A spokesman for San Jose’s police union said Friday that labor and city officials may be closing in on a deal to roll back pension reform Measure B in exchange for cost savings and a resolution to a bitter, years-long legal and political conflict.
Four former San Jose police chiefs announced their support for county supervisor Dave Cortese in the mayor’s race on Thursday citing crime and police staffing as the two of the main issues in the campaign. Mayor Chuck Reed, however, is endorsing Councilman Sam Liccardo and has dismissed the chiefs’ endorsement as political theater.
The five main candidates to replace Mayor Chuck Reed include four members of the city council and one candidate who sits on the Santa Clara County Board of Supervisors.
San Jose’s police department has only filled 29 of 60 slots in next month’s police academy. Mayor Chuck Reed is calling the recruitment efforts unsuccessful.
It’s crunch time for would-be California ballot initiatives with backers of some particularly controversial ones acknowledging they may not have the support or money to qualify their initiatives for the November ballot.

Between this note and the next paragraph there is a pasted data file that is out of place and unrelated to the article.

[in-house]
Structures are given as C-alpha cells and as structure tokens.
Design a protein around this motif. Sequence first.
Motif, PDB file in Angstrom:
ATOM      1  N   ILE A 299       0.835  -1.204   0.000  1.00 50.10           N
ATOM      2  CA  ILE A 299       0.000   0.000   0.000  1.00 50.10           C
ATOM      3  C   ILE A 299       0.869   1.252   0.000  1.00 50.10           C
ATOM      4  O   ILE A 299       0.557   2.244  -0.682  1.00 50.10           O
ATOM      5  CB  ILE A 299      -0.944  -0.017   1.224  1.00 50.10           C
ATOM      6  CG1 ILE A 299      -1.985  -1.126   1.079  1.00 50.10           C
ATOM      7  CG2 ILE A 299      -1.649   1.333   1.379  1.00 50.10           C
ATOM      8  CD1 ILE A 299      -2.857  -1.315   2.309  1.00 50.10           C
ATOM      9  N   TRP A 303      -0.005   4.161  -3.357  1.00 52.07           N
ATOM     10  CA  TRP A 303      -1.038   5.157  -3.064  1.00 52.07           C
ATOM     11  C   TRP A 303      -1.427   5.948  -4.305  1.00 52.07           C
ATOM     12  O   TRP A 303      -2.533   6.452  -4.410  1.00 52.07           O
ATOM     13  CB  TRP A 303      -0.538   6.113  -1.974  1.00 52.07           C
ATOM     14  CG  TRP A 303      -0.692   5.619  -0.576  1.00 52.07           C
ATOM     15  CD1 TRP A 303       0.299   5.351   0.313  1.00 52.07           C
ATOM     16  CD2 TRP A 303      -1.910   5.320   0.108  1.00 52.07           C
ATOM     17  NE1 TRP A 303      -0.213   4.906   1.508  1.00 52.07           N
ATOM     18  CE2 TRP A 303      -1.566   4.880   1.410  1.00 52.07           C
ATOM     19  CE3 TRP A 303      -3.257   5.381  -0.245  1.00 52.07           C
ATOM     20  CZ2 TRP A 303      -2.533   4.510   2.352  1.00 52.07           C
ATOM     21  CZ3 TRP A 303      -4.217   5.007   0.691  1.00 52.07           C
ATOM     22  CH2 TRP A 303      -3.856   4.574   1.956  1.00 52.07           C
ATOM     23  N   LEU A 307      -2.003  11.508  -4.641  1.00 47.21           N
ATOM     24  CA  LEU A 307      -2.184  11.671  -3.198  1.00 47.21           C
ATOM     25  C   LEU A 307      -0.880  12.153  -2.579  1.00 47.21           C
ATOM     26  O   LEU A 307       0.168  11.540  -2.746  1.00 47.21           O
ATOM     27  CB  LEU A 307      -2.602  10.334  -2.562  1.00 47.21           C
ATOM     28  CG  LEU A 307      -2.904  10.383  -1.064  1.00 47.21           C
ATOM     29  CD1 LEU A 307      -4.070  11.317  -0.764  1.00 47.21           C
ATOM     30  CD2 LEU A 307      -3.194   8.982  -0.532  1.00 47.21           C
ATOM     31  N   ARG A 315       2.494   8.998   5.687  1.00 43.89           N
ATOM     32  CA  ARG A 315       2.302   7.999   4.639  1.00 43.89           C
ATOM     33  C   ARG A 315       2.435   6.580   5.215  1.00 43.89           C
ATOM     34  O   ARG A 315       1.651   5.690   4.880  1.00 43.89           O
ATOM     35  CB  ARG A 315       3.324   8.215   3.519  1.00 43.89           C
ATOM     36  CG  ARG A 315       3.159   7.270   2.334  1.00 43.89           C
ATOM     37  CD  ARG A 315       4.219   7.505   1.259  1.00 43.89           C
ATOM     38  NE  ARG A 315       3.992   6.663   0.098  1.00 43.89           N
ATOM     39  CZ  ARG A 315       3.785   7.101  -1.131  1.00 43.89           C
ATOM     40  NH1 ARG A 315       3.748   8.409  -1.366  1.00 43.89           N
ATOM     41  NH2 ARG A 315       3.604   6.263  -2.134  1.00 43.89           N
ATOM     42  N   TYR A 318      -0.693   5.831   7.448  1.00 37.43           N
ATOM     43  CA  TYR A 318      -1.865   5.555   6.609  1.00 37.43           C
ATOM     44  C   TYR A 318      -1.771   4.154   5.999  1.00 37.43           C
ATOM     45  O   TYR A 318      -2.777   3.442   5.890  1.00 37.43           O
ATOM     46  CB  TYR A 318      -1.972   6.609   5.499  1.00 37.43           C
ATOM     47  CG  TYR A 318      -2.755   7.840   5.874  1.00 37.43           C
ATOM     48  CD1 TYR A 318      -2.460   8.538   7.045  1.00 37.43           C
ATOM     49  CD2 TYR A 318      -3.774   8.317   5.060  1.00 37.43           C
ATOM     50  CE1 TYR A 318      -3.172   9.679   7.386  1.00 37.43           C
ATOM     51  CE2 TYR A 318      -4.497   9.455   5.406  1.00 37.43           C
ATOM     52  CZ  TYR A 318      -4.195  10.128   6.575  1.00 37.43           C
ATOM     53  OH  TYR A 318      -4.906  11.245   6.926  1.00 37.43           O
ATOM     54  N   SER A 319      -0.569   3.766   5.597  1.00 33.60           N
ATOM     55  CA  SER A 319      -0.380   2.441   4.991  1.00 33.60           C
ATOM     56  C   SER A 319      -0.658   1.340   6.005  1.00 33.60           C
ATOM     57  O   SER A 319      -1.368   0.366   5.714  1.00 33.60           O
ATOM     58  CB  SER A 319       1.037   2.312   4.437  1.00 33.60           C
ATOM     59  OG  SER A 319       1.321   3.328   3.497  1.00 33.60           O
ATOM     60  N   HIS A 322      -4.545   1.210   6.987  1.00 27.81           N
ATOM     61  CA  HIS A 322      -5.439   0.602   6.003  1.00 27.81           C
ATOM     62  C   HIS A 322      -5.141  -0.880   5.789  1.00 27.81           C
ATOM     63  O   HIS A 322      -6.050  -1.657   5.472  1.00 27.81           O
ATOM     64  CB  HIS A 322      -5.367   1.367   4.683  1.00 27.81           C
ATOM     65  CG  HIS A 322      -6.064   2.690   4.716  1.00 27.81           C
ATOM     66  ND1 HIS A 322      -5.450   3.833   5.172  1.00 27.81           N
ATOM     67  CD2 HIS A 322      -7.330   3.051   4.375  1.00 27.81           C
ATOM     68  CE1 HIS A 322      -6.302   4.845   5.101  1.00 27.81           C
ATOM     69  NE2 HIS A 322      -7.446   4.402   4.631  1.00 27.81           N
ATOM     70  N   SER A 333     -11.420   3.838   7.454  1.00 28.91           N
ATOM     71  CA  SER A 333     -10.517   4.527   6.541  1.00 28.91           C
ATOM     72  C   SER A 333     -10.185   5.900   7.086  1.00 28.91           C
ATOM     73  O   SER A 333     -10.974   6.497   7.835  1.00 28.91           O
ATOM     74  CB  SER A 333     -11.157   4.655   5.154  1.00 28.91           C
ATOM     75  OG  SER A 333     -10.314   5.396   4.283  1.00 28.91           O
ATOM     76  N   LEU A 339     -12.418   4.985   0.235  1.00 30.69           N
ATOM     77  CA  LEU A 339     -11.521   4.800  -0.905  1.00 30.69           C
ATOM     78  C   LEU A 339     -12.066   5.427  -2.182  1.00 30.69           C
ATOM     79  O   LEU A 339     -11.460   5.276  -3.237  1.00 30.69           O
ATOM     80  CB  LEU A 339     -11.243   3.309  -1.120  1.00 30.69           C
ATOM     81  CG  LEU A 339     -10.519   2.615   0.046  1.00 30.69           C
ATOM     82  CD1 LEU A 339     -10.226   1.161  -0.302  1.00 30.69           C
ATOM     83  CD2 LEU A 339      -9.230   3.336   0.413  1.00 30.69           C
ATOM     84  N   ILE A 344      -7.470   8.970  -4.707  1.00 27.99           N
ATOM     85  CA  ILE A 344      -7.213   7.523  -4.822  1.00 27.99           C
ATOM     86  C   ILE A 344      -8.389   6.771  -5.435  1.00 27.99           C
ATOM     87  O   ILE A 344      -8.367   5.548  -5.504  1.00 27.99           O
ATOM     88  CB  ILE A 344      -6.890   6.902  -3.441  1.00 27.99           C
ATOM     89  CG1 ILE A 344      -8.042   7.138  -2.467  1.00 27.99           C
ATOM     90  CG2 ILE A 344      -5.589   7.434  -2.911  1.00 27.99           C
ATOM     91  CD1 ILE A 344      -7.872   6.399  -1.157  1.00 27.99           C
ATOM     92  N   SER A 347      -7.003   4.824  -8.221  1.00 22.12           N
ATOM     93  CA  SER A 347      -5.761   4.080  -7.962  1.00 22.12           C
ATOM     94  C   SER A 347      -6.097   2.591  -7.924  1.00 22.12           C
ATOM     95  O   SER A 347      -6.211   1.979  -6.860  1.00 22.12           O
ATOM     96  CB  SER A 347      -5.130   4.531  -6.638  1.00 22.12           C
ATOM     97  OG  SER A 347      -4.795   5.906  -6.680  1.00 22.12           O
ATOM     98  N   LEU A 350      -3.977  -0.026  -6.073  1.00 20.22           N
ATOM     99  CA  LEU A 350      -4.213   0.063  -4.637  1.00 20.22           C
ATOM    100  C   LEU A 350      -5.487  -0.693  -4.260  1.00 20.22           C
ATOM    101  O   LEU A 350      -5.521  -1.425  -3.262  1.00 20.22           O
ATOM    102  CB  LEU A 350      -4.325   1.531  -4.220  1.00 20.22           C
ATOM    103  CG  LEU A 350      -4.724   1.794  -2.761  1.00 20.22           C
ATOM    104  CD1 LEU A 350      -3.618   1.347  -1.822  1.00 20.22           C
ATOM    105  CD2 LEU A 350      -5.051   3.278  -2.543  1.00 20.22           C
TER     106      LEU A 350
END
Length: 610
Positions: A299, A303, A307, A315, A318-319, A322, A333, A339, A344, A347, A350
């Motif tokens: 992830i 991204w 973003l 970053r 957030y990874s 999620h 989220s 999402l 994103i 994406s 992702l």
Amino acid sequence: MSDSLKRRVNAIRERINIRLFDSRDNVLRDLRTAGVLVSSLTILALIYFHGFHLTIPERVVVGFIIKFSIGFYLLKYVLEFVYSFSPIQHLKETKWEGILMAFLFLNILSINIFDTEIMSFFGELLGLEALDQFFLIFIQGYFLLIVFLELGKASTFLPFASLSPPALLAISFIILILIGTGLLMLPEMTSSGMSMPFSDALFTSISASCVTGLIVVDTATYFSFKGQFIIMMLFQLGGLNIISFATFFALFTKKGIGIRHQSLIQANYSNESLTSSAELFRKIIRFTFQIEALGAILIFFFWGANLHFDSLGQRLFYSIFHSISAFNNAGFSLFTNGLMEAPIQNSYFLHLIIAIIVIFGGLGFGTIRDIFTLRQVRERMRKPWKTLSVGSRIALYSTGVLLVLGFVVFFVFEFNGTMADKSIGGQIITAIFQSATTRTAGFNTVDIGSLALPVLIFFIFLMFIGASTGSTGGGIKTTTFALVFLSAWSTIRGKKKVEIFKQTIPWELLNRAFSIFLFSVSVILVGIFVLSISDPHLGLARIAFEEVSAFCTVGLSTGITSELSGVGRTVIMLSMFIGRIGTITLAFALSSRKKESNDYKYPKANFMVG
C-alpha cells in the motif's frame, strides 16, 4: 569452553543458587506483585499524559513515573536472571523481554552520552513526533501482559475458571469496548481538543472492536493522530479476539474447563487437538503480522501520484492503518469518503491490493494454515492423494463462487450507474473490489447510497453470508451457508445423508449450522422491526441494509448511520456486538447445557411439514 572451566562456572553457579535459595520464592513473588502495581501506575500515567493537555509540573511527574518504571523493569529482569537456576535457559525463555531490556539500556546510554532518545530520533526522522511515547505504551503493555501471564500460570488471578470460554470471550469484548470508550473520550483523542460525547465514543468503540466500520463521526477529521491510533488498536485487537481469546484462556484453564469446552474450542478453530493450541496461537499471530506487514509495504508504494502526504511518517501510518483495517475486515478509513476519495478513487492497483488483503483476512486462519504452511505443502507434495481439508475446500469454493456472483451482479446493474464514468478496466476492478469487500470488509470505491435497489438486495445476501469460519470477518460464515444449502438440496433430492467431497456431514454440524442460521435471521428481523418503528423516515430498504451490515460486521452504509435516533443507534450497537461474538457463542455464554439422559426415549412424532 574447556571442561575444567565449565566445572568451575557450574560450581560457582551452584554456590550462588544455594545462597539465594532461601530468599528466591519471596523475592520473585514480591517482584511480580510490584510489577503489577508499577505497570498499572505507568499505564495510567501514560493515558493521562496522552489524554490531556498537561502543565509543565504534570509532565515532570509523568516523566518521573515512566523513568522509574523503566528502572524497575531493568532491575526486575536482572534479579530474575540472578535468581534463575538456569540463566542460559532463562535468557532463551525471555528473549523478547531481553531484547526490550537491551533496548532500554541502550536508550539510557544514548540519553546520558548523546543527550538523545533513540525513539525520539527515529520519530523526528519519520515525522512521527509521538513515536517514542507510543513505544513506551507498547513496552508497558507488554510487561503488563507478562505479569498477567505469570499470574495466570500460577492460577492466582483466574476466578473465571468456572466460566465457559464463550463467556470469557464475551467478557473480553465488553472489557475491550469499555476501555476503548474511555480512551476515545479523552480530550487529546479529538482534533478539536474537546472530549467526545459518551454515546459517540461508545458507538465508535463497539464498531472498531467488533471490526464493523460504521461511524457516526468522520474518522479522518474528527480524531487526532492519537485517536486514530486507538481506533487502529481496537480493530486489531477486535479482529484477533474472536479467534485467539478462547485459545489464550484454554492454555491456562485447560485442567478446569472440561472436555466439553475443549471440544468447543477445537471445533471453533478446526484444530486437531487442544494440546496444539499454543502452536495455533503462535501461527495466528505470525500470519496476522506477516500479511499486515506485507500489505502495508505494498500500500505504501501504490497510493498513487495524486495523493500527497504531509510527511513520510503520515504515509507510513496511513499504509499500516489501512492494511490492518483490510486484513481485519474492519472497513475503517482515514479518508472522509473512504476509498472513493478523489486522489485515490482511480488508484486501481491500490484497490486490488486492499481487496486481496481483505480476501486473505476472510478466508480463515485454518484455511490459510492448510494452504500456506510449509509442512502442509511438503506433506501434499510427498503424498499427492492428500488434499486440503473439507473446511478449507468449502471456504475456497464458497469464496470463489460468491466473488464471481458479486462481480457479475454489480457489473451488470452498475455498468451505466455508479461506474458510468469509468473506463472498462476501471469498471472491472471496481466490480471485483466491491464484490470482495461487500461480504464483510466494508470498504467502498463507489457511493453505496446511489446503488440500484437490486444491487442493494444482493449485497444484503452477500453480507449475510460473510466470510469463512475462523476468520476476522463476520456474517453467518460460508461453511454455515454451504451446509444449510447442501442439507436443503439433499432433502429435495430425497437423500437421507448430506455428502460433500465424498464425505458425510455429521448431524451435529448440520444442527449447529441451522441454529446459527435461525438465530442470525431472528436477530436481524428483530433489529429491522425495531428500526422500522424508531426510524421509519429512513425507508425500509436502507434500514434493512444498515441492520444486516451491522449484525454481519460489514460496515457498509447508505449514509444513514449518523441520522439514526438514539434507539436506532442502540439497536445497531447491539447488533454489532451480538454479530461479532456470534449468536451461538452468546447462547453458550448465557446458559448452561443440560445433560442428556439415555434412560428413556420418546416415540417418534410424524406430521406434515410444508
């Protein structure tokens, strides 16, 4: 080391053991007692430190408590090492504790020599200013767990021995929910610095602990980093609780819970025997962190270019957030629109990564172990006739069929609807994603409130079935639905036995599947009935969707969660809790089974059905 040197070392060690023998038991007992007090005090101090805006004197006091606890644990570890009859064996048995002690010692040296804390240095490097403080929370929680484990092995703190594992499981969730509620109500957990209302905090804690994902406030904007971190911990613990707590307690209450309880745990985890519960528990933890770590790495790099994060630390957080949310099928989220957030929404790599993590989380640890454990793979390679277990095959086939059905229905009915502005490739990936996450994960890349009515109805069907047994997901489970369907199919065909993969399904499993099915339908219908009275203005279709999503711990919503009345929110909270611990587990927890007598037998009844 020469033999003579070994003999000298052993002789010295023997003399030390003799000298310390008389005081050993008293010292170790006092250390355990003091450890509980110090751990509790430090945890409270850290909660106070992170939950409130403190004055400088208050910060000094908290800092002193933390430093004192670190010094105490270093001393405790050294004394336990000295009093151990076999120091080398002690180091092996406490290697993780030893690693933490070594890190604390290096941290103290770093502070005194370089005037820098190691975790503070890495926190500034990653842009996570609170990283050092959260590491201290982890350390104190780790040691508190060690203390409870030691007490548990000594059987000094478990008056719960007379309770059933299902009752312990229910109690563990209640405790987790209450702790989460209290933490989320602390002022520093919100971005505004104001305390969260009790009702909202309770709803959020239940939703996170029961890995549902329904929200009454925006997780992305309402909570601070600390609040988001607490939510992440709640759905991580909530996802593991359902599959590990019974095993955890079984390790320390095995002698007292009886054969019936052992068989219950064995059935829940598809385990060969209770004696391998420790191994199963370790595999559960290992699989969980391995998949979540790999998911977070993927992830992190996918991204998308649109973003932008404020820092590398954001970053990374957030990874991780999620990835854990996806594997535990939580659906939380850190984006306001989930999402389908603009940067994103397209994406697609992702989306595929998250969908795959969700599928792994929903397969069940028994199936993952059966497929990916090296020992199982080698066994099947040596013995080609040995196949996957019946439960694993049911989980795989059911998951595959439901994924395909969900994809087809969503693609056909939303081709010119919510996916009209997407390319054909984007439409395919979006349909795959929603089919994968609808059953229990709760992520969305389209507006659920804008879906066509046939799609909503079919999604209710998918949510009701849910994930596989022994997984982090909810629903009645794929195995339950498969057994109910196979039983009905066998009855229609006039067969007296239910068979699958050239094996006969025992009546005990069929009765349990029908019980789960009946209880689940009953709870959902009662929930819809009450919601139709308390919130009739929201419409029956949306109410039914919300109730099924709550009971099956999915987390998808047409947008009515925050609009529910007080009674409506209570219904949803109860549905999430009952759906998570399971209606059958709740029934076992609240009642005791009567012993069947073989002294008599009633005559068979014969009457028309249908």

San Jose Mayor Chuck Reed is abandoning an attempt to place an initiative on the November ballot that would have enabled governments in California to cut future pension benefits for current workers.
State officials say proponents of a pension reform measure backed by San Jose Mayor Chuck Reed can start collecting signatures to put it on the ballot.
Unions representing San Jose city employees and Mayor Chuck Reed claimed victory following a judge’s ruling on a pension reform measure approved by voters last year.
Fundraising and campaigning in the race to replace San Jose Mayor Chuck Reed kicked off with a crowded field of candidates, mostly city council members who support the termed-out mayor’s pension reform policies.
Cities in California are watching how the bankruptcy case plays out in Michigan, and whether it might affect their own proceedings in California.